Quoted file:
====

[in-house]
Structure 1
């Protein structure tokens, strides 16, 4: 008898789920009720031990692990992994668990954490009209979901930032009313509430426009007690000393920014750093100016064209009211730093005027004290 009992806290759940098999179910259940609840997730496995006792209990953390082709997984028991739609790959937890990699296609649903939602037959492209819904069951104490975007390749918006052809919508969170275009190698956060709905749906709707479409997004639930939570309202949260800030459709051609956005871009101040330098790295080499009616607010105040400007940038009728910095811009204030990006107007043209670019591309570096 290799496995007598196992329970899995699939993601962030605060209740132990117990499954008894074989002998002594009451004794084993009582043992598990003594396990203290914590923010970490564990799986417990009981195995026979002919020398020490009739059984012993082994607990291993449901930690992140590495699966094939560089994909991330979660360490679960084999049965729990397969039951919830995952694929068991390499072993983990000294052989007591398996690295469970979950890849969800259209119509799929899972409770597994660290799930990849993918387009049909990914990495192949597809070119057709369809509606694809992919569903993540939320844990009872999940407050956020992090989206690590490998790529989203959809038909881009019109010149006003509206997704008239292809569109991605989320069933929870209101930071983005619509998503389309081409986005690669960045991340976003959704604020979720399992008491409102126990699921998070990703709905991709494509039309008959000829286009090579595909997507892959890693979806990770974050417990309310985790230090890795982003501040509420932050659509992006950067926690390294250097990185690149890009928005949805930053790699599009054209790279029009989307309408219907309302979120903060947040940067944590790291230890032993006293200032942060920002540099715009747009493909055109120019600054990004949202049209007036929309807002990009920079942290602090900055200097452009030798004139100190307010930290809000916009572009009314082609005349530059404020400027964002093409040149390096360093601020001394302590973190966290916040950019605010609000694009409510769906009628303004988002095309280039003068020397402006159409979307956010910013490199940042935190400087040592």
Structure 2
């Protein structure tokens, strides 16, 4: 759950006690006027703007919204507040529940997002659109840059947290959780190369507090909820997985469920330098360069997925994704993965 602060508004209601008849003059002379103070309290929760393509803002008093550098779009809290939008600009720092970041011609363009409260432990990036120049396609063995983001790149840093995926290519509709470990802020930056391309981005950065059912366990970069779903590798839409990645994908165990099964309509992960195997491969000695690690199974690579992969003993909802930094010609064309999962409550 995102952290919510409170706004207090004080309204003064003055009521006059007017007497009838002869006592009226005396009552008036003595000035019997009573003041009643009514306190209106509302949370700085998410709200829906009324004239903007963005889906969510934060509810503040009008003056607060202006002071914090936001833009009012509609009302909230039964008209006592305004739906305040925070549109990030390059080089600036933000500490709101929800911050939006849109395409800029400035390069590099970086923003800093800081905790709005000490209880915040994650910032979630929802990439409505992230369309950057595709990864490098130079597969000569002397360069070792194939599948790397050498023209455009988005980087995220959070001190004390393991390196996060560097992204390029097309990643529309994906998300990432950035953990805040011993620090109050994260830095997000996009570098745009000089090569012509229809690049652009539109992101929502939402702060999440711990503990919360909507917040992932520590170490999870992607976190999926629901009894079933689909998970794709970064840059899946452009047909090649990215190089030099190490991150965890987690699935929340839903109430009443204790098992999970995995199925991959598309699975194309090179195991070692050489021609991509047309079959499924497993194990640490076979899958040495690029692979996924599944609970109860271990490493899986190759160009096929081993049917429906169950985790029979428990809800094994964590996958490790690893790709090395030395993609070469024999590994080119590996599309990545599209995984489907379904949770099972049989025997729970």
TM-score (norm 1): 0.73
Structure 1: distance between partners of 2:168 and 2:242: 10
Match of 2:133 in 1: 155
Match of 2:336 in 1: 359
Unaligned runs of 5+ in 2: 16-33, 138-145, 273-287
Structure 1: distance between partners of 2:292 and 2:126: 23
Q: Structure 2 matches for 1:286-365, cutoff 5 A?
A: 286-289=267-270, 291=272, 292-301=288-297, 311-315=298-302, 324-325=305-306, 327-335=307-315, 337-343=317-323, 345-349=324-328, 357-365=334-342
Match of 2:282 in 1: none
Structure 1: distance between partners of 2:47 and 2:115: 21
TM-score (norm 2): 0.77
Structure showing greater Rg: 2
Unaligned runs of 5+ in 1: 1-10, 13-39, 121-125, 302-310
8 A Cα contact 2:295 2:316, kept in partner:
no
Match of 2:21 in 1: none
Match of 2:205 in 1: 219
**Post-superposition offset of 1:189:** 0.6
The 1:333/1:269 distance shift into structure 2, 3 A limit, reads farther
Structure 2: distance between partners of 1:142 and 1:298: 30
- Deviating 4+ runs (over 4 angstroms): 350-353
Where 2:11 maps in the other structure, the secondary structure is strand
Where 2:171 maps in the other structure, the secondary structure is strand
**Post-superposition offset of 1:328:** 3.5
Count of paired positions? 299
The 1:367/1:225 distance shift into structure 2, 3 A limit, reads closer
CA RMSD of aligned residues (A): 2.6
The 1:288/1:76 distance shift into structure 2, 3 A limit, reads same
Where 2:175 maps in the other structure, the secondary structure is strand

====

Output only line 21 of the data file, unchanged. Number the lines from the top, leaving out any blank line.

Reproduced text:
Match of 2:21 in 1: none